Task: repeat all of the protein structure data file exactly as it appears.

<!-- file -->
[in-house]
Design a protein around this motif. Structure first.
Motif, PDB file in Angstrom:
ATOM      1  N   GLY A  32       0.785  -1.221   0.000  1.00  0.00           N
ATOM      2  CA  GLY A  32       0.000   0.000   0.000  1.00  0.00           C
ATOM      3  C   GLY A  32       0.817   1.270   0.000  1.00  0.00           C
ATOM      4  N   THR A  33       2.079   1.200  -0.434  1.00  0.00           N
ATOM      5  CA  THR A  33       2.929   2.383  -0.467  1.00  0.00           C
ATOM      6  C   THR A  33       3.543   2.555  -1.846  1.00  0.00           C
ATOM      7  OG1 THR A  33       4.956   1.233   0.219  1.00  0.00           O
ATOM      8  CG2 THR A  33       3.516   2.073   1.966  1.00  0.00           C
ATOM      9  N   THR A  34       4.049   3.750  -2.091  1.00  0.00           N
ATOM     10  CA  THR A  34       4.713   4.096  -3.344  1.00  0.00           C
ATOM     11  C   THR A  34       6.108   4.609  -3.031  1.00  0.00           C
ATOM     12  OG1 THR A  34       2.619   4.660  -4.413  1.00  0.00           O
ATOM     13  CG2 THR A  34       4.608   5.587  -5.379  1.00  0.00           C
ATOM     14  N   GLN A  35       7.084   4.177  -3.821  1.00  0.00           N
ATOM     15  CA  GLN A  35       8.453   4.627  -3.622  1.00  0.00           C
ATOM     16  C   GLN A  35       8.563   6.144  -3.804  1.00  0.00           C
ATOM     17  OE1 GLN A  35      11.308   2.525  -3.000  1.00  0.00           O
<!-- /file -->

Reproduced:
[in-house]
Design a protein around this motif. Structure first.
Motif, PDB file in Angstrom:
ATOM      1  N   GLY A  32       0.785  -1.221   0.000  1.00  0.00           N
ATOM      2  CA  GLY A  32       0.000   0.000   0.000  1.00  0.00           C
ATOM      3  C   GLY A  32       0.817   1.270   0.000  1.00  0.00           C
ATOM      4  N   THR A  33       2.079   1.200  -0.434  1.00  0.00           N
ATOM      5  CA  THR A  33       2.929   2.383  -0.467  1.00  0.00           C
ATOM      6  C   THR A  33       3.543   2.555  -1.846  1.00  0.00           C
ATOM      7  OG1 THR A  33       4.956   1.233   0.219  1.00  0.00           O
ATOM      8  CG2 THR A  33       3.516   2.073   1.966  1.00  0.00           C
ATOM      9  N   THR A  34       4.049   3.750  -2.091  1.00  0.00           N
ATOM     10  CA  THR A  34       4.713   4.096  -3.344  1.00  0.00           C
ATOM     11  C   THR A  34       6.108   4.609  -3.031  1.00  0.00           C
ATOM     12  OG1 THR A  34       2.619   4.660  -4.413  1.00  0.00           O
ATOM     13  CG2 THR A  34       4.608   5.587  -5.379  1.00  0.00           C
ATOM     14  N   GLN A  35       7.084   4.177  -3.821  1.00  0.00           N
ATOM     15  CA  GLN A  35       8.453   4.627  -3.622  1.00  0.00           C
ATOM     16  C   GLN A  35       8.563   6.144  -3.804  1.00  0.00           C
ATOM     17  OE1 GLN A  35      11.308   2.525  -3.000  1.00  0.00           O